Strategies to enhance the carbon capacity of the terrestrial and oceanic sinks tend to focus on landscapes – forest canopy, soil composition, and sea water chemistry.
However, we must not neglect the role of animals in maintaining the natural carbon cycle.
It turns out, as Professor Geoffrey Ozin writes in Advanced Science News this week, whales have the capacity to absorb enormous amounts of atmospheric carbon dioxide (CO2). Estimates place the carbon sequestering capacity of a whale to be similar to around 1000 trees with an average whale capturing up to 33 tons of CO2 over its 60-year lifetime, centuries.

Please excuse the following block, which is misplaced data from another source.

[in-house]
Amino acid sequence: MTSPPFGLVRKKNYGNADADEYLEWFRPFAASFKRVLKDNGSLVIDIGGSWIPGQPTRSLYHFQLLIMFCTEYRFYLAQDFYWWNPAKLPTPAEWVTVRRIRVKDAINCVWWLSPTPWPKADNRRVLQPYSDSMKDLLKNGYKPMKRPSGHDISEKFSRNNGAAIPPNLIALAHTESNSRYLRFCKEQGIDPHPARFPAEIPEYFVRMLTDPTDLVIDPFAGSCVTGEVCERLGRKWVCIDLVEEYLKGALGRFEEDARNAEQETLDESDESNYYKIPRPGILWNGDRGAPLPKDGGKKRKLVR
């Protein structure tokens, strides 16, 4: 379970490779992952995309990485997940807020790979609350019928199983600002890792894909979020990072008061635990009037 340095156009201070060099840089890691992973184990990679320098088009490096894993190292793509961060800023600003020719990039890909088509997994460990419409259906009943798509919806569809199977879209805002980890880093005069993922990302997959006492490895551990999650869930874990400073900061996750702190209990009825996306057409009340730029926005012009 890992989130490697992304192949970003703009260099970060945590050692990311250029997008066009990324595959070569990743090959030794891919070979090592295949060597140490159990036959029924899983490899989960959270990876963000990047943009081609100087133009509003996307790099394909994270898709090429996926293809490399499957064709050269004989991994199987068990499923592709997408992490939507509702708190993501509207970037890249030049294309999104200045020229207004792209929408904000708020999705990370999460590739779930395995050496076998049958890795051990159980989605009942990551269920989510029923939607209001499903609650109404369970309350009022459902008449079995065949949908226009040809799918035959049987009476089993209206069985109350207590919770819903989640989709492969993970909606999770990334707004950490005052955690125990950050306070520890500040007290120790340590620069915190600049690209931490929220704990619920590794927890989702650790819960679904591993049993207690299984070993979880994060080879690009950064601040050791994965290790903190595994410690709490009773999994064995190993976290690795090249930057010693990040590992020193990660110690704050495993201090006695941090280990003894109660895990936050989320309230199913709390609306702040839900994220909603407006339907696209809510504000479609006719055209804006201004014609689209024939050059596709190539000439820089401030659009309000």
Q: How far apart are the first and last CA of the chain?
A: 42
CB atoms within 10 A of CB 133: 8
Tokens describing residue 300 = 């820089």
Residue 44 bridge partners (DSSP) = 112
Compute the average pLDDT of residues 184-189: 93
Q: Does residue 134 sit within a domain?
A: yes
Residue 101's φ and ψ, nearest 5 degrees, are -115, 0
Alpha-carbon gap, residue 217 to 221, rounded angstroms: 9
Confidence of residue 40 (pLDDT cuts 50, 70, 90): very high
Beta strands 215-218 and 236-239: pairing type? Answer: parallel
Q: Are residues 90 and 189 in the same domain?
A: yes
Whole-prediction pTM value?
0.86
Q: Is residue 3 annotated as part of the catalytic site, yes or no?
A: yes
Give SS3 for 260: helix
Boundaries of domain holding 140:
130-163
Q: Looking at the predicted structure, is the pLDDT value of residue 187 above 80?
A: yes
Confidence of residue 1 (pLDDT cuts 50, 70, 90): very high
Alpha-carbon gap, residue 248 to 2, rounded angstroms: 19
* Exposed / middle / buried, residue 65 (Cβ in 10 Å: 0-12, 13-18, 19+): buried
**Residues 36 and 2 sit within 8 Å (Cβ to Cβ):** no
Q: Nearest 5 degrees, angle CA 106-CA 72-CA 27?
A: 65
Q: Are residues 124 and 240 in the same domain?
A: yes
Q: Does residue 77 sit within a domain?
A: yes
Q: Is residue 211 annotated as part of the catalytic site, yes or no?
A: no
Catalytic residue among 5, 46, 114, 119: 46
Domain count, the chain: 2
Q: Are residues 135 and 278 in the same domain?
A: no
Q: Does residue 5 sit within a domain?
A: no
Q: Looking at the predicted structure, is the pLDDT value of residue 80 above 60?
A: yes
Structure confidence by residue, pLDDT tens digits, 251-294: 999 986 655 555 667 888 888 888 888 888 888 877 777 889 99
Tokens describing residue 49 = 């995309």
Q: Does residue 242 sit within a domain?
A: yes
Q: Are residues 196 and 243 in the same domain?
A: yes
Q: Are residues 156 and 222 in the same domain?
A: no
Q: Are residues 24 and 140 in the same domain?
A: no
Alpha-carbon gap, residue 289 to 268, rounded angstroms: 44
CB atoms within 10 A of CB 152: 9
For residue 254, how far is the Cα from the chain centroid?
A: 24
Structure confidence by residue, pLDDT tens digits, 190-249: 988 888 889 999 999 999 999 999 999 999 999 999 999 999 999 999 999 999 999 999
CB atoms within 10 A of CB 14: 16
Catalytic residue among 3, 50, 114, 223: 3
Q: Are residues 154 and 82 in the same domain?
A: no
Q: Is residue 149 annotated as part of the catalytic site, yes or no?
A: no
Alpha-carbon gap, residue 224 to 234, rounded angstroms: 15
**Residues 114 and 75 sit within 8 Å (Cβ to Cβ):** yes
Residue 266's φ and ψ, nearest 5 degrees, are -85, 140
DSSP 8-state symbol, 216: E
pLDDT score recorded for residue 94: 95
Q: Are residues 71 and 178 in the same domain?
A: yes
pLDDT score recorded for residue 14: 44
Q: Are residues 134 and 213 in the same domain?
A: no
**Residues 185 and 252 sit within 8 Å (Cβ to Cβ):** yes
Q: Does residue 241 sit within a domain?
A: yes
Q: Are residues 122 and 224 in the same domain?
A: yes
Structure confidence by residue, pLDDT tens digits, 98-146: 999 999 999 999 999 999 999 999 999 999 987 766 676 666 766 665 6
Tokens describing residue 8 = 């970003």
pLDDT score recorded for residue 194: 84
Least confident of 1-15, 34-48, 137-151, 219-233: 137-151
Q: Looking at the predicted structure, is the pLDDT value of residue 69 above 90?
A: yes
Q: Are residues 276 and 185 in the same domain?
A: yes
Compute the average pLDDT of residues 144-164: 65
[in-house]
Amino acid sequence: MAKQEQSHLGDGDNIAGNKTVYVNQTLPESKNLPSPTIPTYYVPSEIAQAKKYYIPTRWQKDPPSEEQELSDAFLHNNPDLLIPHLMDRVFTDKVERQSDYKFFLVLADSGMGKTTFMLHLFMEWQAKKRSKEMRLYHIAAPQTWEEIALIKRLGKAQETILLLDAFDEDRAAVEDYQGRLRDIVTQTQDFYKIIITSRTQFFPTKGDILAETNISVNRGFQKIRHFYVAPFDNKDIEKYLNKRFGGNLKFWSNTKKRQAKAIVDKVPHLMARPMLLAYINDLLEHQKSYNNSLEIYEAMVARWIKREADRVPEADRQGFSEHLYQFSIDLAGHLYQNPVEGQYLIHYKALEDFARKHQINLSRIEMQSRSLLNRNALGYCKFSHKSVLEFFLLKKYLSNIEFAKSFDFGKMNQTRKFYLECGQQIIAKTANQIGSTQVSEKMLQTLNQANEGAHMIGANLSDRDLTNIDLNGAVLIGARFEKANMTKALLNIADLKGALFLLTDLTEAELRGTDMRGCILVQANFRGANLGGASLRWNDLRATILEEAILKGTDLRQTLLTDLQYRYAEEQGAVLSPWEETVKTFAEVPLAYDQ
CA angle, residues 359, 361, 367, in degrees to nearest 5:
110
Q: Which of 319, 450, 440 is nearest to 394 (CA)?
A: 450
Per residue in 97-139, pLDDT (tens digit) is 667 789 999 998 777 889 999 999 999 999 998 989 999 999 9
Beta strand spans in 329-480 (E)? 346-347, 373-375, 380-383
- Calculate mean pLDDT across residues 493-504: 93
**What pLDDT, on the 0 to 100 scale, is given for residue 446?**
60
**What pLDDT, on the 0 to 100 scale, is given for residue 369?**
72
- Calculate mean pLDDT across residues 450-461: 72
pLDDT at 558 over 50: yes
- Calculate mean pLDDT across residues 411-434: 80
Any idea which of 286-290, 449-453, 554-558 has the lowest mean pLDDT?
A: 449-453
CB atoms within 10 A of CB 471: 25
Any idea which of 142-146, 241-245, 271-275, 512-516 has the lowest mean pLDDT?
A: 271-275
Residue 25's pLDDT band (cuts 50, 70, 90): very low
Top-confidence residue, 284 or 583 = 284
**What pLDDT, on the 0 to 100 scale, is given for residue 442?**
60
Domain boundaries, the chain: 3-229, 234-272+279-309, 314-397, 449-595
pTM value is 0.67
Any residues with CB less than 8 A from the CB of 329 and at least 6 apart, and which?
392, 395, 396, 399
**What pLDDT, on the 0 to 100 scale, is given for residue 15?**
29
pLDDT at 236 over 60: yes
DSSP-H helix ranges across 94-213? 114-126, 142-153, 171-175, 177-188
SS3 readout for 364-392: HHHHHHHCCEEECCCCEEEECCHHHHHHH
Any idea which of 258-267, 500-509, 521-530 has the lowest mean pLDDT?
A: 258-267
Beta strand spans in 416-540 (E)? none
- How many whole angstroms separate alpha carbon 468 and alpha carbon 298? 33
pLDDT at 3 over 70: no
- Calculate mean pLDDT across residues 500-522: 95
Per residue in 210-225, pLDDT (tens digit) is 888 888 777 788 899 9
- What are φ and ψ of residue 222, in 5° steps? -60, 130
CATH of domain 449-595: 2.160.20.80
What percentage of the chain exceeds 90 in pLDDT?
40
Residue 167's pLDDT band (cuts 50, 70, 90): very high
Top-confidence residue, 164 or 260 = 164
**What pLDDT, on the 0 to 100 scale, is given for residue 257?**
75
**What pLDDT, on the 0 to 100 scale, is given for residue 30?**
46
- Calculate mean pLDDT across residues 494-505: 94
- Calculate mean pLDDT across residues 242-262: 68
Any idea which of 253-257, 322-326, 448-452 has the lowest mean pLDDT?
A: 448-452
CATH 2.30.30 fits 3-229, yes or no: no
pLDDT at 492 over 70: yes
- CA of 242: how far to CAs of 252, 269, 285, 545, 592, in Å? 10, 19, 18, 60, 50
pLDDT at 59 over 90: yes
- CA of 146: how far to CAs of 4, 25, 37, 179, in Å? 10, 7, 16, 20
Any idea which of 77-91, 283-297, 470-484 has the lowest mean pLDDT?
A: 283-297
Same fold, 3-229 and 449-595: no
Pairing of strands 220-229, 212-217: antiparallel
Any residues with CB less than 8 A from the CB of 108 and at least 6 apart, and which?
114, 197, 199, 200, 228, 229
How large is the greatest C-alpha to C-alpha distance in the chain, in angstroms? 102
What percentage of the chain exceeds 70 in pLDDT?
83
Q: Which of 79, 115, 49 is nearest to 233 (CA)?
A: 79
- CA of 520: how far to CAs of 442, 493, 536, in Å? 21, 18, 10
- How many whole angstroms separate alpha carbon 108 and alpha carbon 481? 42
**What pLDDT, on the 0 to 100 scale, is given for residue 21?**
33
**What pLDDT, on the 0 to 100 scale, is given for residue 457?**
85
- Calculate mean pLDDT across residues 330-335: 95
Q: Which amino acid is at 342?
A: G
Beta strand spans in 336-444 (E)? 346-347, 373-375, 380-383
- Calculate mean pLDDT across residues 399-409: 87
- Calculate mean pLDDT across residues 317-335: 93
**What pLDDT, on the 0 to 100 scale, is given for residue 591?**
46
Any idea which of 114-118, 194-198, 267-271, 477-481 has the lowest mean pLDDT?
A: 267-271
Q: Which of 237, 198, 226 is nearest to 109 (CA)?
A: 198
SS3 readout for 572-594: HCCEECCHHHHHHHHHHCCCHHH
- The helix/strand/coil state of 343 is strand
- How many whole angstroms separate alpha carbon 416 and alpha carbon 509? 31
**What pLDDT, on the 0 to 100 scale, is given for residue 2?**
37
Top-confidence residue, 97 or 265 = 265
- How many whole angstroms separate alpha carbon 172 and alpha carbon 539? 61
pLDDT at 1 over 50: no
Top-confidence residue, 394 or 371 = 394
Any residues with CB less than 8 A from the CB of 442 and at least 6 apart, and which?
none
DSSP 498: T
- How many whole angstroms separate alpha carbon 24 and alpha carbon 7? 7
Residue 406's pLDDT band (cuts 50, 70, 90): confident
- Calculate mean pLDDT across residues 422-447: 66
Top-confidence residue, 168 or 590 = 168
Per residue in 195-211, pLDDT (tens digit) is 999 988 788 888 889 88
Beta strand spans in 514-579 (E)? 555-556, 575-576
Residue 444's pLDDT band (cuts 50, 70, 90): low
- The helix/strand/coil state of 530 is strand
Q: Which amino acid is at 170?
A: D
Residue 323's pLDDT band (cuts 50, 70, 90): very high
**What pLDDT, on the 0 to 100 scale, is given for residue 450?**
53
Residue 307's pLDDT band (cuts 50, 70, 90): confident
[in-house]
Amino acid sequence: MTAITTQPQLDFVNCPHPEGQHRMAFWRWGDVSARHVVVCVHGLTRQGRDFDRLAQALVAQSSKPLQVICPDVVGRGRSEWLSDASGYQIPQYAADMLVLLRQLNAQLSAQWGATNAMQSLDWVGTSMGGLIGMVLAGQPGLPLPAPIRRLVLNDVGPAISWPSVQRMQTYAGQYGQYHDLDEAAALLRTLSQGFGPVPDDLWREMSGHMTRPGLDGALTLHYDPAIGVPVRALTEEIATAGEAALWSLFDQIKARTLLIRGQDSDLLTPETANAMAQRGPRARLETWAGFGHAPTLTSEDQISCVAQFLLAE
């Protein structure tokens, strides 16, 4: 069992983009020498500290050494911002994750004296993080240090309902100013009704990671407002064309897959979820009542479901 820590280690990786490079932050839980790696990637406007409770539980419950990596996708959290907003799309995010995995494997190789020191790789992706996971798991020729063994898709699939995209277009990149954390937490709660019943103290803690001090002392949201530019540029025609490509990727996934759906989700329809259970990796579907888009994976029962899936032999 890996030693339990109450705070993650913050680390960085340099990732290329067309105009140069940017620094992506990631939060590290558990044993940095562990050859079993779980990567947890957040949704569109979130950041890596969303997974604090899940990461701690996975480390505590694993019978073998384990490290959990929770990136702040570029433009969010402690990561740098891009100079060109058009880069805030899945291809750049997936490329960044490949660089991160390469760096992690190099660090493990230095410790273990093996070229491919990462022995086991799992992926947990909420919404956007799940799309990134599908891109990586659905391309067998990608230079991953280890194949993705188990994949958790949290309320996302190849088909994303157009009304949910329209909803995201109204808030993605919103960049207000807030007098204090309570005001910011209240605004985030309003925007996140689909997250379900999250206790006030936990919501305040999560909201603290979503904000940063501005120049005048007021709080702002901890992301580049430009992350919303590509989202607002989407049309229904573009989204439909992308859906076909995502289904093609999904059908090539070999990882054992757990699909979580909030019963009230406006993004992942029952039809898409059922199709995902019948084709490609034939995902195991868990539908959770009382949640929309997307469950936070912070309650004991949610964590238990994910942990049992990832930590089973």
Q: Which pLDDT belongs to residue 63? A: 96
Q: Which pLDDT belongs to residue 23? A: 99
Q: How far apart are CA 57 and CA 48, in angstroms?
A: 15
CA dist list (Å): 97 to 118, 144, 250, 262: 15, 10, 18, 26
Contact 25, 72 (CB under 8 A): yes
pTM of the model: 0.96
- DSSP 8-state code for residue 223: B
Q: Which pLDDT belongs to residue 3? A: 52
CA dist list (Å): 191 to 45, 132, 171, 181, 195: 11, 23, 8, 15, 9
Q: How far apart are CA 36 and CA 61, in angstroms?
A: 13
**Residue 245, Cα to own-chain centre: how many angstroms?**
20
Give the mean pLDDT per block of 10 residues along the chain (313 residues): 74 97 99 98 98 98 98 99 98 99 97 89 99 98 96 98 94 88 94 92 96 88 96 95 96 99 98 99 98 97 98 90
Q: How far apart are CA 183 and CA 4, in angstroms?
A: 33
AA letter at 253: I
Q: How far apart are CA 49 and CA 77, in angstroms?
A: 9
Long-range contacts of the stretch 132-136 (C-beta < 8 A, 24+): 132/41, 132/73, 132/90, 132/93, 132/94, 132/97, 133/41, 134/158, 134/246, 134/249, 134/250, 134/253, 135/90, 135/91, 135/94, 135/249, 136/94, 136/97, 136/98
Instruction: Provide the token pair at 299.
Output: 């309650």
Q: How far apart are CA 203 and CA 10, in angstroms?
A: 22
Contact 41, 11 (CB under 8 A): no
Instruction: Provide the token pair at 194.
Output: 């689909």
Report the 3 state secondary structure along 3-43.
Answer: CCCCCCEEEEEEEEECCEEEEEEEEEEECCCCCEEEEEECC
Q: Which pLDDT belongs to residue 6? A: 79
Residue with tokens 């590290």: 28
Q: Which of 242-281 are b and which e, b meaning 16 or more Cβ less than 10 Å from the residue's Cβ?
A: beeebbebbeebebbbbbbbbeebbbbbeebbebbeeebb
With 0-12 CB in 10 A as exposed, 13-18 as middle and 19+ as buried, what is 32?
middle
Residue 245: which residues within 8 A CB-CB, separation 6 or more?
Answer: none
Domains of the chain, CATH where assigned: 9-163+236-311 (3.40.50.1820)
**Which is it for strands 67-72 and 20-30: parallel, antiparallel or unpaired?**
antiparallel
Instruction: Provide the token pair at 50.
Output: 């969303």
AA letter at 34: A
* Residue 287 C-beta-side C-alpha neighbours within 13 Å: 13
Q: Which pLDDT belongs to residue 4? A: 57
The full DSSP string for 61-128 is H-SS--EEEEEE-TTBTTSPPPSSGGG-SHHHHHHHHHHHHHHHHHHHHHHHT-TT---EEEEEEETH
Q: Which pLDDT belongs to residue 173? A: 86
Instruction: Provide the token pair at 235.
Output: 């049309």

Efforts to re-establish whale populations, together with large scale reforestation, therefore offer a surprinsingly impactful solution to meeting global emission targets.